OK, besides the beer, Oktoberfest, the shoe dance and Neuschwanstein, there is more awesomeness to Germany...
I have recently purchased and watched Larry Williams' DVD , decided to get a few planemaker's tools and build some hollows and rounds.
First step is to find some lumber.
Those of you Americans still living in the US will envy those of us Americans living over here in Europe. Beech is the traditional wood of choice for molding planes, and getting proper beech quarter-sawn is not so easy, or cheap to find in the US (at least according to what y'all are writing on the internet).
Here, it is everywhere, inexpensive, and looked at as the kind of wood you use when you can't afford something better.
The lumber yard I go to here in Munich is a huge place, with zillions of board feet of lumber. Actually, they don't measure anything in board feet, so it can be difficult to know how much to get. Lumber is sold in cubic meters.
I've come to just go there, and buy some boards and hope that is enough. They have been patient with me as I go through the whole stack, and go so far as to lay out my project on the rough lumber to determine how much I need. This is followed by them cutting it up in lengths that will fit in my VW Golf, and going to pay with a feeling of dread when they tell me it is 1500 EUROs per cubic meter.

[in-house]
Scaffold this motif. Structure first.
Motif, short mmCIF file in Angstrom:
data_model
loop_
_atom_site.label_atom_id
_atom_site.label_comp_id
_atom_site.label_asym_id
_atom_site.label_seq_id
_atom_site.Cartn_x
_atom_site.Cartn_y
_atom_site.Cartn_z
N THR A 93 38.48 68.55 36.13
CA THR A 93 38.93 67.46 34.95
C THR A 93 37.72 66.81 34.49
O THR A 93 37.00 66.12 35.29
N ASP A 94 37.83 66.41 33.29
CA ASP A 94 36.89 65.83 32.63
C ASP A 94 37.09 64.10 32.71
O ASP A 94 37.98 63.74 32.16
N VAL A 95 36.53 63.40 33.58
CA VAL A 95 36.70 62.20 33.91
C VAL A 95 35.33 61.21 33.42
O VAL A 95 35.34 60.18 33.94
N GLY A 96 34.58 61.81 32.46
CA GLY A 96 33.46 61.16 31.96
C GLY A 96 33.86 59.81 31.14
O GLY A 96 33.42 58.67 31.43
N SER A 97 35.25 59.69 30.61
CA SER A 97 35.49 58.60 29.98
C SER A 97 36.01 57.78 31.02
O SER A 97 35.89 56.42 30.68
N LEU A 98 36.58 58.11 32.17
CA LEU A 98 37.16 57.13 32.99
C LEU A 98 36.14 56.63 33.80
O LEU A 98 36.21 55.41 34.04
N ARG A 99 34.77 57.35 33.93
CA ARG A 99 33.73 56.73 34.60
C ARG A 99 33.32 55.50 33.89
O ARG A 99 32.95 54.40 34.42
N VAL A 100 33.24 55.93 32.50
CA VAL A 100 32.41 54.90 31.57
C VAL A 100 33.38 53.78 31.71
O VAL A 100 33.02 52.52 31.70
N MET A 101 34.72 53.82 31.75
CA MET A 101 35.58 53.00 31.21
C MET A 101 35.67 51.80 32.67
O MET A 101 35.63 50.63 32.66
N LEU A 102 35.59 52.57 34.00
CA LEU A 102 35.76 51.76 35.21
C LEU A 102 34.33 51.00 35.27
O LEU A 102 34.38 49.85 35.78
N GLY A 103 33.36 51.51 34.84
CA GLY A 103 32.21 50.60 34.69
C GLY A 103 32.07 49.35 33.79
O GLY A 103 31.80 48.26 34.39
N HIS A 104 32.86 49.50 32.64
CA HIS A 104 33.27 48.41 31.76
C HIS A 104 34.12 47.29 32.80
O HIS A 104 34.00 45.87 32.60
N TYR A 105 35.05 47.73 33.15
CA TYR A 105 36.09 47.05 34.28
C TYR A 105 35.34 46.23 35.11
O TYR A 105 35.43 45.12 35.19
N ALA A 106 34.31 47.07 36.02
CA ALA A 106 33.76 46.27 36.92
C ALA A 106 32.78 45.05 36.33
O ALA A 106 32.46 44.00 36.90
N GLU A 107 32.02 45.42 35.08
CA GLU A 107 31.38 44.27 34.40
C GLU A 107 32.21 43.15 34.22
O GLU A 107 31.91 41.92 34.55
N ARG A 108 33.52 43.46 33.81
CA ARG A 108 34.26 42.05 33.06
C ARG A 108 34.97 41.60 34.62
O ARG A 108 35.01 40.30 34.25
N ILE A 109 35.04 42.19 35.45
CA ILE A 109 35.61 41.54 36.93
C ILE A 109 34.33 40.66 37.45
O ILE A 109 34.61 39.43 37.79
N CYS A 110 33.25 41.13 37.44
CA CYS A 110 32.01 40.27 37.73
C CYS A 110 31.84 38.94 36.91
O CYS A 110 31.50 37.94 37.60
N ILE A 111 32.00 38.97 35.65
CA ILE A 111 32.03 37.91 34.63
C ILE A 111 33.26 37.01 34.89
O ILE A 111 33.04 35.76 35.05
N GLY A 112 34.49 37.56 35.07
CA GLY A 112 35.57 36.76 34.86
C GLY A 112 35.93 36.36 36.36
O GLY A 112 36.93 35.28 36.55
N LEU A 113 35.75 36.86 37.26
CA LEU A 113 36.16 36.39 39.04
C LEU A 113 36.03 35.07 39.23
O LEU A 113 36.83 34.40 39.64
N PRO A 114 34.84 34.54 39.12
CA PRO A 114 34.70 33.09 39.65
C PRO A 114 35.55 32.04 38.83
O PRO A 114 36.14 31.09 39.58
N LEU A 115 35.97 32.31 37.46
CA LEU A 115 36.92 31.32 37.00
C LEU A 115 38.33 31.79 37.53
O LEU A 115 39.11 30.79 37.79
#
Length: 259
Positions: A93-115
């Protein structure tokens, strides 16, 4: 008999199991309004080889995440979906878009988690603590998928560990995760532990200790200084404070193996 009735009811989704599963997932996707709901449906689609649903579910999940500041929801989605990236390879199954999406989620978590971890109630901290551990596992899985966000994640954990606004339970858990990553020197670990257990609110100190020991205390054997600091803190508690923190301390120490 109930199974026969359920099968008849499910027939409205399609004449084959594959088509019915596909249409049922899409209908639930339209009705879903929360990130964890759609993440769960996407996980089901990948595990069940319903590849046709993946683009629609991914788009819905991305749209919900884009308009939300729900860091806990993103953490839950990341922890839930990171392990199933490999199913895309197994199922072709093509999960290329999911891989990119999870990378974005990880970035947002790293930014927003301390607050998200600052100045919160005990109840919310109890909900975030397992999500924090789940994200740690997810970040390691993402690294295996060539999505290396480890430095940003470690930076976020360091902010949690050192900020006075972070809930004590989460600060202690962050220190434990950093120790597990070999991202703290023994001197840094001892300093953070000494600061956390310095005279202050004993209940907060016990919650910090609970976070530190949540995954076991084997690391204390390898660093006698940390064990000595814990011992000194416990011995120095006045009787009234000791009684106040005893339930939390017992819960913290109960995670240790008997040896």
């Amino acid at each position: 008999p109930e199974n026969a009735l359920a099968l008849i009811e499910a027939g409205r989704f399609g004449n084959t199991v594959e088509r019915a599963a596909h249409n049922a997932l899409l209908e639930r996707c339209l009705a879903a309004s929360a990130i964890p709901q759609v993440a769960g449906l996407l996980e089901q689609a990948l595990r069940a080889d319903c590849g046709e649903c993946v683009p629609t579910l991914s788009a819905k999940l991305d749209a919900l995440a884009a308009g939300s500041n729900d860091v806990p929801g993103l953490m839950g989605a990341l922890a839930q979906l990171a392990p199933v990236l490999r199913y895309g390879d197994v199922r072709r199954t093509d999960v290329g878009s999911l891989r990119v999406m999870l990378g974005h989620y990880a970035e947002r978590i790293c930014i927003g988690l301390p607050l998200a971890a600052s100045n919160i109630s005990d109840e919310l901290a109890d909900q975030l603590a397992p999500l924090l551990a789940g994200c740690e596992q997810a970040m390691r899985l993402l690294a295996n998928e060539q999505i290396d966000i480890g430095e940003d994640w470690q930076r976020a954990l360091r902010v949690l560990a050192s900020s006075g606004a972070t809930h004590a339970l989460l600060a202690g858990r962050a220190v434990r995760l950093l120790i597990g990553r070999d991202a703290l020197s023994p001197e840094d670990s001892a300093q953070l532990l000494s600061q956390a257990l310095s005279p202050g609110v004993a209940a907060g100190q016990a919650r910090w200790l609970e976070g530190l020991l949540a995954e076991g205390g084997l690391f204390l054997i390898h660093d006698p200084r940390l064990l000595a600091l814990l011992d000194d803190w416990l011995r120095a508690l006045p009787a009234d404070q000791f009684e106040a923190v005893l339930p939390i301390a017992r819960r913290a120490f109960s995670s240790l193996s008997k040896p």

Anyway, I went there the other day to get a nice board to make a set of hollows and rounds. I figured I would get beech, but decided to ask if they happened to have apple or pear wood just because. "Indeed," the salesman said, "we have both." He proceeded to take me to view all the lumber I could comprehend.
You poor US-Amerikaners. You have never seen so many different kinds of beech. There was enough perfect beech available to replace every plane ever made. I picked out a nice 6/4 board that the salesman said would run about 20-25 EUROs.
Somehow, I wanted to see the fruitwood, too. Beech has such a connotation of every-day-ness here that I thought I owed it to them.
We first looked at apple. There were a few nice flitches there, and I pointed to the center of the stack to look at a nice board from the middle of the tree. He said that this board would be too unstable, therefore unsuitable.
Oh-well, lets move on.
We got to the pear, and I was in love. 52 mm thick (8/4 or so), and a beautiful quarter-sawn board about two meters long. A perfect length to keep from breaking the windshield in the Golf (DAMHIKT).
This wood is absolutely gorgeous. Larry mentions it in the DVD as perfectly suitable for planes, so off I went.
The salesman said it was expensive, about three times the price of beech. I figured, "what the heck!" knowing that this board probably had enough lumber to make two full sets.
It turns out that 1500 EUROs per cubic meters translates to about 3.50 EUROs per board/foot. Or (in American), $4.50 per board/foot. Not too bad.
This means that the beech I saw was only a dollar or two per board foot. I think I will be making a lot of planes in the future.